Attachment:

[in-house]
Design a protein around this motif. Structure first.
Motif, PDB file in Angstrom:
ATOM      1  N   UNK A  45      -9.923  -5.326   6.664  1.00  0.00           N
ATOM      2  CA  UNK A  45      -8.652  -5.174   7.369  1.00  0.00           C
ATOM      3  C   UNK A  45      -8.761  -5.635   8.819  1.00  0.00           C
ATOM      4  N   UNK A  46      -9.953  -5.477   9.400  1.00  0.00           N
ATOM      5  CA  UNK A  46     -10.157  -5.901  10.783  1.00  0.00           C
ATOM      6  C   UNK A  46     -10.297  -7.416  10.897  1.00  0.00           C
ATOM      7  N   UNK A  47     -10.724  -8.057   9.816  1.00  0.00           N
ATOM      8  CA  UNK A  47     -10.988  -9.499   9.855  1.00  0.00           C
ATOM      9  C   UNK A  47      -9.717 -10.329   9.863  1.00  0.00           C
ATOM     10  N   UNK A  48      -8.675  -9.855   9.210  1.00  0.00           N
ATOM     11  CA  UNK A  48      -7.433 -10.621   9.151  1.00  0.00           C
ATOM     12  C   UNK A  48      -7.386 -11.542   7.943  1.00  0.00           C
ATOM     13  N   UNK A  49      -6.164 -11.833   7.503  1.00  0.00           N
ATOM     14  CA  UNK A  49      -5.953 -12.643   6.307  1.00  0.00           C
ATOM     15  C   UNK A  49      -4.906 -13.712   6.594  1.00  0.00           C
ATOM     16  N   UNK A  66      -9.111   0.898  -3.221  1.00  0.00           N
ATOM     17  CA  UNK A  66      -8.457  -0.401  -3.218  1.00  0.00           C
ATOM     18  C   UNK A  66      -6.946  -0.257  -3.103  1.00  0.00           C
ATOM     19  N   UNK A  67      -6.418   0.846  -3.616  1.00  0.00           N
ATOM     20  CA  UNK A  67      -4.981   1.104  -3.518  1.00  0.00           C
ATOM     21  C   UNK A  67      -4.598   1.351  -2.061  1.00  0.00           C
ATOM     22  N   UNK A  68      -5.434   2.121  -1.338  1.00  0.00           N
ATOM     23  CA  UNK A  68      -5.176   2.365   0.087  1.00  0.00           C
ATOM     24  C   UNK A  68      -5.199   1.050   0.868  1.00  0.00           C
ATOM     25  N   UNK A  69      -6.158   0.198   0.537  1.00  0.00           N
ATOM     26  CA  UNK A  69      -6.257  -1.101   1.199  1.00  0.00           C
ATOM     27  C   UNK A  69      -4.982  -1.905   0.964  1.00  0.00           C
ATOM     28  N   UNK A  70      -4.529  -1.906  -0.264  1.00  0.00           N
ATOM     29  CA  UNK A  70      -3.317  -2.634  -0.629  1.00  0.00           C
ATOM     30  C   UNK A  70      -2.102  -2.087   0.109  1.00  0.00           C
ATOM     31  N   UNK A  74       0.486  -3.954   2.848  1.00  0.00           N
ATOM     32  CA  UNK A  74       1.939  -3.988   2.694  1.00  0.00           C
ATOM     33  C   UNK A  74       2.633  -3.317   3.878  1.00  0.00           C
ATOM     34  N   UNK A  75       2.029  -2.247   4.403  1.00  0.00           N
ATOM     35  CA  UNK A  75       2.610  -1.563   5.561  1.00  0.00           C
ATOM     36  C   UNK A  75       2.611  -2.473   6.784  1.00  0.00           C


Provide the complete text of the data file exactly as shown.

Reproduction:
[in-house]
Design a protein around this motif. Structure first.
Motif, PDB file in Angstrom:
ATOM      1  N   UNK A  45      -9.923  -5.326   6.664  1.00  0.00           N
ATOM      2  CA  UNK A  45      -8.652  -5.174   7.369  1.00  0.00           C
ATOM      3  C   UNK A  45      -8.761  -5.635   8.819  1.00  0.00           C
ATOM      4  N   UNK A  46      -9.953  -5.477   9.400  1.00  0.00           N
ATOM      5  CA  UNK A  46     -10.157  -5.901  10.783  1.00  0.00           C
ATOM      6  C   UNK A  46     -10.297  -7.416  10.897  1.00  0.00           C
ATOM      7  N   UNK A  47     -10.724  -8.057   9.816  1.00  0.00           N
ATOM      8  CA  UNK A  47     -10.988  -9.499   9.855  1.00  0.00           C
ATOM      9  C   UNK A  47      -9.717 -10.329   9.863  1.00  0.00           C
ATOM     10  N   UNK A  48      -8.675  -9.855   9.210  1.00  0.00           N
ATOM     11  CA  UNK A  48      -7.433 -10.621   9.151  1.00  0.00           C
ATOM     12  C   UNK A  48      -7.386 -11.542   7.943  1.00  0.00           C
ATOM     13  N   UNK A  49      -6.164 -11.833   7.503  1.00  0.00           N
ATOM     14  CA  UNK A  49      -5.953 -12.643   6.307  1.00  0.00           C
ATOM     15  C   UNK A  49      -4.906 -13.712   6.594  1.00  0.00           C
ATOM     16  N   UNK A  66      -9.111   0.898  -3.221  1.00  0.00           N
ATOM     17  CA  UNK A  66      -8.457  -0.401  -3.218  1.00  0.00           C
ATOM     18  C   UNK A  66      -6.946  -0.257  -3.103  1.00  0.00           C
ATOM     19  N   UNK A  67      -6.418   0.846  -3.616  1.00  0.00           N
ATOM     20  CA  UNK A  67      -4.981   1.104  -3.518  1.00  0.00           C
ATOM     21  C   UNK A  67      -4.598   1.351  -2.061  1.00  0.00           C
ATOM     22  N   UNK A  68      -5.434   2.121  -1.338  1.00  0.00           N
ATOM     23  CA  UNK A  68      -5.176   2.365   0.087  1.00  0.00           C
ATOM     24  C   UNK A  68      -5.199   1.050   0.868  1.00  0.00           C
ATOM     25  N   UNK A  69      -6.158   0.198   0.537  1.00  0.00           N
ATOM     26  CA  UNK A  69      -6.257  -1.101   1.199  1.00  0.00           C
ATOM     27  C   UNK A  69      -4.982  -1.905   0.964  1.00  0.00           C
ATOM     28  N   UNK A  70      -4.529  -1.906  -0.264  1.00  0.00           N
ATOM     29  CA  UNK A  70      -3.317  -2.634  -0.629  1.00  0.00           C
ATOM     30  C   UNK A  70      -2.102  -2.087   0.109  1.00  0.00           C
ATOM     31  N   UNK A  74       0.486  -3.954   2.848  1.00  0.00           N
ATOM     32  CA  UNK A  74       1.939  -3.988   2.694  1.00  0.00           C
ATOM     33  C   UNK A  74       2.633  -3.317   3.878  1.00  0.00           C
ATOM     34  N   UNK A  75       2.029  -2.247   4.403  1.00  0.00           N
ATOM     35  CA  UNK A  75       2.610  -1.563   5.561  1.00  0.00           C
ATOM     36  C   UNK A  75       2.611  -2.473   6.784  1.00  0.00           C